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  • Ann Hollander

Keeping blood pressure in check


Only 24% of people with high blood pressure have it under control. The remaining 76% are at very high risk for death or disability through heart attack, heart failure, or stroke. In fact, in 2018 high blood pressure was listed as a primary or contributing factor in nearly a half million deaths. With COVID-19, high blood pressure is known to increase the severity of the disease and the chance that your loved one could die.


If the person you care for has blood pressure greater than 120/80, it's time to get going. Literally!


Research shows that changes in lifestyle, especially increased physical activity, are often enough to bring blood pressure under control.


The "lifestyle prescription" for blood pressure management includes

  • healthier eating. Fewer sweets and less red meat and packaged foods (high salt content). Instead, eat more fruits and vegetables, whole grains, and low-fat proteins.

  • greater activity. Aim for a weekly minimum of two and a half hours of moderate-intensity aerobic exercise every week. That might be 30 minutes of brisk walking, swimming, or dancing five days of the week. The point is to get the heart rate up and maybe even break a sweat.

  • losing weight. Even a 10-pound weight loss can reduce blood pressure. A healthy weight is a body mass index less than 25 and greater than 18.4.

  • limiting alcohol. Too much alcohol raises blood pressure. Limit alcohol intake to one drink per day.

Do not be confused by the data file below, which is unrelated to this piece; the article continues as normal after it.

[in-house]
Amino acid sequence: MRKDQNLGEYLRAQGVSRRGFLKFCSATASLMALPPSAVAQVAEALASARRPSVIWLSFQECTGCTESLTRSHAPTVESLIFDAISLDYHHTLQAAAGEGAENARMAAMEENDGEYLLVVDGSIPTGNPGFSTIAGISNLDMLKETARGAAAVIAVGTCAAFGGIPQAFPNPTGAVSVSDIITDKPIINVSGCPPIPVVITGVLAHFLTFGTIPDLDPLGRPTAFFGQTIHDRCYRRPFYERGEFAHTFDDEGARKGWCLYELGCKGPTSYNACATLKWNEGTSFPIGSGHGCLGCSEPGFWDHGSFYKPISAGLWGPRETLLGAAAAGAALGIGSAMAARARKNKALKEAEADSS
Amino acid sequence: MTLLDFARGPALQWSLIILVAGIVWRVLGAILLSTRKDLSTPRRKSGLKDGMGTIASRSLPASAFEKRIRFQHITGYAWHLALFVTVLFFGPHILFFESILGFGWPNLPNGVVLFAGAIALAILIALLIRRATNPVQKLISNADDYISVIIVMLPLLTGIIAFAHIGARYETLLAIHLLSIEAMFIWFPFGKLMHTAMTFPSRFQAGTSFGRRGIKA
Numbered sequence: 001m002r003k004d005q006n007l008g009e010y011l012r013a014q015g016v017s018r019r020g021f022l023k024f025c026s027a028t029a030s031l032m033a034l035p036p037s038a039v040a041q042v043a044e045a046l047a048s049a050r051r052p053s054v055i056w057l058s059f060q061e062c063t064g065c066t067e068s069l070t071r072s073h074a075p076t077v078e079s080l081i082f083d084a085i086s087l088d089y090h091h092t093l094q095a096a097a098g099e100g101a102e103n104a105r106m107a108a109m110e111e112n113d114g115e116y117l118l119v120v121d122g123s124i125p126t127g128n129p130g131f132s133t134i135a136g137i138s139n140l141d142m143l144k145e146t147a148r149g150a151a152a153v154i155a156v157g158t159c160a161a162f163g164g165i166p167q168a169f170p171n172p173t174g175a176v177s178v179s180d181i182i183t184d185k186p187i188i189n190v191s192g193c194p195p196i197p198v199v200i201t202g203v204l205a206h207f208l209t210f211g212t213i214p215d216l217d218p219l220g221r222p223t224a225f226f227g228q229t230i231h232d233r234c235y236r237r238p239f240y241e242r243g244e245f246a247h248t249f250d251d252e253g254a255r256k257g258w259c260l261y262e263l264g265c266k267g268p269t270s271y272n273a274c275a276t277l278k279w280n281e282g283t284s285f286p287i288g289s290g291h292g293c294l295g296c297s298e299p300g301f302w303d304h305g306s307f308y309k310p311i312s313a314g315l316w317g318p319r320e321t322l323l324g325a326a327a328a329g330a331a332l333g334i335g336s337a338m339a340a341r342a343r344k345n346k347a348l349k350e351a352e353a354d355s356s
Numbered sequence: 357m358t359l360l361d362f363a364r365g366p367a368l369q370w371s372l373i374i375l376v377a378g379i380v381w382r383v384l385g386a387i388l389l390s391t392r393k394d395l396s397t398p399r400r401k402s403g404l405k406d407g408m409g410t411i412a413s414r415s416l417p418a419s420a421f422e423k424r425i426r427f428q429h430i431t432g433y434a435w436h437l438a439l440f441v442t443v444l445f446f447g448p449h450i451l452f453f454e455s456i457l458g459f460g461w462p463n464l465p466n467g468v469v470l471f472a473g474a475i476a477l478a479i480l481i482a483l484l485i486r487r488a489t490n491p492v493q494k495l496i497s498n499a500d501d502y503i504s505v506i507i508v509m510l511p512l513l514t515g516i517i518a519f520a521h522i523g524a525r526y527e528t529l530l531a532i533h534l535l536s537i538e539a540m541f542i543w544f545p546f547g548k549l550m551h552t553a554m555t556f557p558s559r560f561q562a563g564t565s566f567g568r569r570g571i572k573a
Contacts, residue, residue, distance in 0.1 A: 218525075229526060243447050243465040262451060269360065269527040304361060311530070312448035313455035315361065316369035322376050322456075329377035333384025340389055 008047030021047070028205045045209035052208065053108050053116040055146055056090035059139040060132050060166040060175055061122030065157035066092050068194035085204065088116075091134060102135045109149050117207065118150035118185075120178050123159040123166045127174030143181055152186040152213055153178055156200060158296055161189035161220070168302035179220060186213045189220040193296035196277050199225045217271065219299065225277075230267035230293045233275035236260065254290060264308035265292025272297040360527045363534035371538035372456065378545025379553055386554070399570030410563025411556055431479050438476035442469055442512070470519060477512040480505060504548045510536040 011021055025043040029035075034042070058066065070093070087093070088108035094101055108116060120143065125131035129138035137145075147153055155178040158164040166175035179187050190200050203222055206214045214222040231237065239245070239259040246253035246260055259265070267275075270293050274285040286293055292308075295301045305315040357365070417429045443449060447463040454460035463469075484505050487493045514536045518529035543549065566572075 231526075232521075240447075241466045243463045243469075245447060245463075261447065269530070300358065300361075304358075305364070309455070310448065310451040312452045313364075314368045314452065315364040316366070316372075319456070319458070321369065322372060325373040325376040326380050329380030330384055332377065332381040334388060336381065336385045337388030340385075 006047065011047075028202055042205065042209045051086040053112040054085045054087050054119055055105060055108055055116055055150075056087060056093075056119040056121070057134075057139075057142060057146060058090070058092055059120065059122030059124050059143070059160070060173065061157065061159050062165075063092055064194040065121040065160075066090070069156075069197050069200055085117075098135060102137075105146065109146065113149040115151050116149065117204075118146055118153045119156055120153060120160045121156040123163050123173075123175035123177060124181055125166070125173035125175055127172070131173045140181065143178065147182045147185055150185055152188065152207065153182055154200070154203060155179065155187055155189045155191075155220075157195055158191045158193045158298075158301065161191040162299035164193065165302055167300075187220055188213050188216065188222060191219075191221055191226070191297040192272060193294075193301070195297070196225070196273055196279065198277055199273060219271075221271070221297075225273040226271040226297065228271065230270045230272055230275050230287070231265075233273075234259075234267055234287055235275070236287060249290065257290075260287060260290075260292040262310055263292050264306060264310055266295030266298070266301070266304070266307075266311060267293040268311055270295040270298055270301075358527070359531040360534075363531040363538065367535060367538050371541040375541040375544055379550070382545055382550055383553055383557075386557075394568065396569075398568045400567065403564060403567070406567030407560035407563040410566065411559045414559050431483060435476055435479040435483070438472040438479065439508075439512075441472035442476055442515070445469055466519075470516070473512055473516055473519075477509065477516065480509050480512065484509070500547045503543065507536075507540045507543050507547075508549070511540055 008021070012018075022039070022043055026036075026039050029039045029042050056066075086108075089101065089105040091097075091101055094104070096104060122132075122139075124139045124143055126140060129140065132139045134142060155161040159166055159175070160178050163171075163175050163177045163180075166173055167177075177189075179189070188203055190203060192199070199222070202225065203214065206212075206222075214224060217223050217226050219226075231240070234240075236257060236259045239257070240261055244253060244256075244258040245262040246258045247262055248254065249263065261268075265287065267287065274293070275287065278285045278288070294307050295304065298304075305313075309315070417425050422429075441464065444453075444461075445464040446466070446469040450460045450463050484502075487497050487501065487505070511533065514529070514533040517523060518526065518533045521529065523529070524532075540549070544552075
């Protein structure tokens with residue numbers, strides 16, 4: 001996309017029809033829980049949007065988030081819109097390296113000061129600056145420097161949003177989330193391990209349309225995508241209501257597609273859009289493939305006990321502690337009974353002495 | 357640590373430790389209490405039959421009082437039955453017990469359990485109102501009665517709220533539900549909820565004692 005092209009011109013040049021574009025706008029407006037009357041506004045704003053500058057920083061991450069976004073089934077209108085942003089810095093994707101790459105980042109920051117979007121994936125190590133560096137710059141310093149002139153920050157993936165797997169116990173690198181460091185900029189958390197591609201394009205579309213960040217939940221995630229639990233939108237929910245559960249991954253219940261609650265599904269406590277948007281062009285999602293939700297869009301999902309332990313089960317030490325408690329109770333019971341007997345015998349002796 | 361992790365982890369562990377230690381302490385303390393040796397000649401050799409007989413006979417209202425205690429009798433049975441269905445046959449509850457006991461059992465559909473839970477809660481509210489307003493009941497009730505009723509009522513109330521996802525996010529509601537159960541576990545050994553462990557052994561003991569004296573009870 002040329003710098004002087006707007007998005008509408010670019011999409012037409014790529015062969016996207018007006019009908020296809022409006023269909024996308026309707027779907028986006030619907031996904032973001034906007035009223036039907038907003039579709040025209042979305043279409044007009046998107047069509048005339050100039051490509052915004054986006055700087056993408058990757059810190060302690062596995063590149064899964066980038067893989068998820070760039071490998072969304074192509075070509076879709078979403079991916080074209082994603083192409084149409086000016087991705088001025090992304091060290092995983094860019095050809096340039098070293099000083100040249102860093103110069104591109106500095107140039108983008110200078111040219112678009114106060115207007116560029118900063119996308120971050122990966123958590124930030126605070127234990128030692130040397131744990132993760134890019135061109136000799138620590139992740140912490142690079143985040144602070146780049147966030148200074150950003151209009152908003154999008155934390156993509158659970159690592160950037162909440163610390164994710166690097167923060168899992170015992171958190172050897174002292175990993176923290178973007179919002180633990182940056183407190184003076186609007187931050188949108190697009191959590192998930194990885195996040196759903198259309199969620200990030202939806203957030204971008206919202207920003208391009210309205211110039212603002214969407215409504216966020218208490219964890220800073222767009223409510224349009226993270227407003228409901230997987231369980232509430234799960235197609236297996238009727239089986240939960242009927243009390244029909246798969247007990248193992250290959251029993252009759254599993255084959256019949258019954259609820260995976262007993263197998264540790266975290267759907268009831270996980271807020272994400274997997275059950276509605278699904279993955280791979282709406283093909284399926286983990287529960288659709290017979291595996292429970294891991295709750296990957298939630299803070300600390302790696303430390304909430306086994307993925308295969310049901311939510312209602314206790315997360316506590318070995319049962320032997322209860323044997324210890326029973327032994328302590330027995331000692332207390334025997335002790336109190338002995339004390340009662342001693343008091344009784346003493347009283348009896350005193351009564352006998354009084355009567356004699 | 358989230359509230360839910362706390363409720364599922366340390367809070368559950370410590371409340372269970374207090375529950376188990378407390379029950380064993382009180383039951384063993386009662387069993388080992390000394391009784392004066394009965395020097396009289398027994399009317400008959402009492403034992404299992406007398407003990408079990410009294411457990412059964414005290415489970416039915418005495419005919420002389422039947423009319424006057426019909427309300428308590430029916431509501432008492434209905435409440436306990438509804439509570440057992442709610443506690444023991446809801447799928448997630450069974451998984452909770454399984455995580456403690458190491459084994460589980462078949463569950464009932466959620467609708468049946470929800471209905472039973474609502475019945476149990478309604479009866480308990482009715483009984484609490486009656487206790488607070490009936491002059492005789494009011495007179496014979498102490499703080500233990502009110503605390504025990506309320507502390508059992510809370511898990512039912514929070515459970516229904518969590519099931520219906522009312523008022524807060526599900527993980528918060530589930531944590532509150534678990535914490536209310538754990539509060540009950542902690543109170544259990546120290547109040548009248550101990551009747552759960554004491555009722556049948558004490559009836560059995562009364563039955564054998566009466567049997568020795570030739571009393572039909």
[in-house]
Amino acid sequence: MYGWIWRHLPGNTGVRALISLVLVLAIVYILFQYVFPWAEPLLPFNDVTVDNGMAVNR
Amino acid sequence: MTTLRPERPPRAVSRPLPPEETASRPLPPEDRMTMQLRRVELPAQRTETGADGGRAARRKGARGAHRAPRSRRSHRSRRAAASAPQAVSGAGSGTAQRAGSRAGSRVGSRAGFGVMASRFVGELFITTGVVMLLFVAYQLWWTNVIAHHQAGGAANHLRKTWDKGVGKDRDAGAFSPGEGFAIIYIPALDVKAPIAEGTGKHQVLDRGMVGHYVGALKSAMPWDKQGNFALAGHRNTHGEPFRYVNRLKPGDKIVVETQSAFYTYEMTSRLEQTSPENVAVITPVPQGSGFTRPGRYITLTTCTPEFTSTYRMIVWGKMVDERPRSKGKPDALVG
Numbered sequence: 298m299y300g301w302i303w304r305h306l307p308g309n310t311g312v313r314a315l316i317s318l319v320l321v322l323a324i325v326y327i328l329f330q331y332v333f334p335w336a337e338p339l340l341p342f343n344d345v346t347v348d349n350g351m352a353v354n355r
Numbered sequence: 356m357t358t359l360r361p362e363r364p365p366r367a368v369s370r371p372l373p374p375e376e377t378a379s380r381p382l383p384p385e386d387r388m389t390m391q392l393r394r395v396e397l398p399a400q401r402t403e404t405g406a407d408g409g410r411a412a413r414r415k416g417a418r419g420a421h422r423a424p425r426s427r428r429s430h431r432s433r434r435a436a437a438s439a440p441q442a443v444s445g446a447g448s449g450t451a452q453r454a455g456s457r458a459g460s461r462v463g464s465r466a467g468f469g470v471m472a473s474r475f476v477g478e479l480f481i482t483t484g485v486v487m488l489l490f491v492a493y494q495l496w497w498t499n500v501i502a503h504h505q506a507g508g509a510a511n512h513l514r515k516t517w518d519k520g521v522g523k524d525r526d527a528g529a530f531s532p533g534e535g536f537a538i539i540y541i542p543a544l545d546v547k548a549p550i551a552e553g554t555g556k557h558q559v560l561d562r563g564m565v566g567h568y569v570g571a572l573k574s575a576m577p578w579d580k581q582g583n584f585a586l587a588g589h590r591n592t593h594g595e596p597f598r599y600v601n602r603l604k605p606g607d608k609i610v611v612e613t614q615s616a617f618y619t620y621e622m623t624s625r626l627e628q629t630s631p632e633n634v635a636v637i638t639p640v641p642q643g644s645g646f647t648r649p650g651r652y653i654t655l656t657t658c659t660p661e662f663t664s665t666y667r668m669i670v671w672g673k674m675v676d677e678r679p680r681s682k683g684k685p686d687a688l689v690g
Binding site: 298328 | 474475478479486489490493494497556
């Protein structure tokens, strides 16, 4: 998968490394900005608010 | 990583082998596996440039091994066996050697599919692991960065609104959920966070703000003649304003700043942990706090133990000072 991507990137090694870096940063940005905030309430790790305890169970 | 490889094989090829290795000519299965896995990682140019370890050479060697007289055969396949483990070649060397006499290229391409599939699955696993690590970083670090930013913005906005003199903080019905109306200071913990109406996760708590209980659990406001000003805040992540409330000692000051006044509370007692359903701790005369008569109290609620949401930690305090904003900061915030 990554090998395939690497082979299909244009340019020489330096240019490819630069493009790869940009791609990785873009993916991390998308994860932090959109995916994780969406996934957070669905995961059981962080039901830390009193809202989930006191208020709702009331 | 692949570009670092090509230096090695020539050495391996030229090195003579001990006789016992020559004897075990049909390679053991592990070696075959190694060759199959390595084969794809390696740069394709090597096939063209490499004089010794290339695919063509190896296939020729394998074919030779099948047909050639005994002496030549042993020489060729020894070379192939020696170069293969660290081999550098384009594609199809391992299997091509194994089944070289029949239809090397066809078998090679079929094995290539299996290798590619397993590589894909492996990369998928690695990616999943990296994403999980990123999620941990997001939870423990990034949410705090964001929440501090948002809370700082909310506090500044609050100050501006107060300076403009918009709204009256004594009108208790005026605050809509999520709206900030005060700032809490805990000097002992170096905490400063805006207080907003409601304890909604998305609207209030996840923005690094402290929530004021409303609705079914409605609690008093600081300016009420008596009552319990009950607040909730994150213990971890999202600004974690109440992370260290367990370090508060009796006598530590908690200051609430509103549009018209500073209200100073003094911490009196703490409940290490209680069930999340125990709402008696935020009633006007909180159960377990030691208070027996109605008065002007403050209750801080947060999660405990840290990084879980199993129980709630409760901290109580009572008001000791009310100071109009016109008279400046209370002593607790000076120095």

• no smoking. Every cigarette smoked causes a temporary increase in blood pressure.

When blood pressure reaches up to 130/80, the doctor will usually prescribe medication in addition to lifestyle changes. Discourage your loved one from cutting back on the prescription or quitting, even when their health seems improved. Talk to the doctor about overcoming barriers, such as uncomfortable side effects or concern about the cost. High blood pressure is not called the "silent killer" for nothing! Blood pressure treatment is for life.


Seeking ways to support a loved one?

Adopting a heart-healthy lifestyle is not easy. But at Options for Aging we have seen many older adults find ways to make at least some modifications. For their family, it can be difficult to walk the line between nagging and supporting. As the North Shore and Chicago experts in family caregiving, we can help you find that sweet spot. Give us a call at 847-868-1445.

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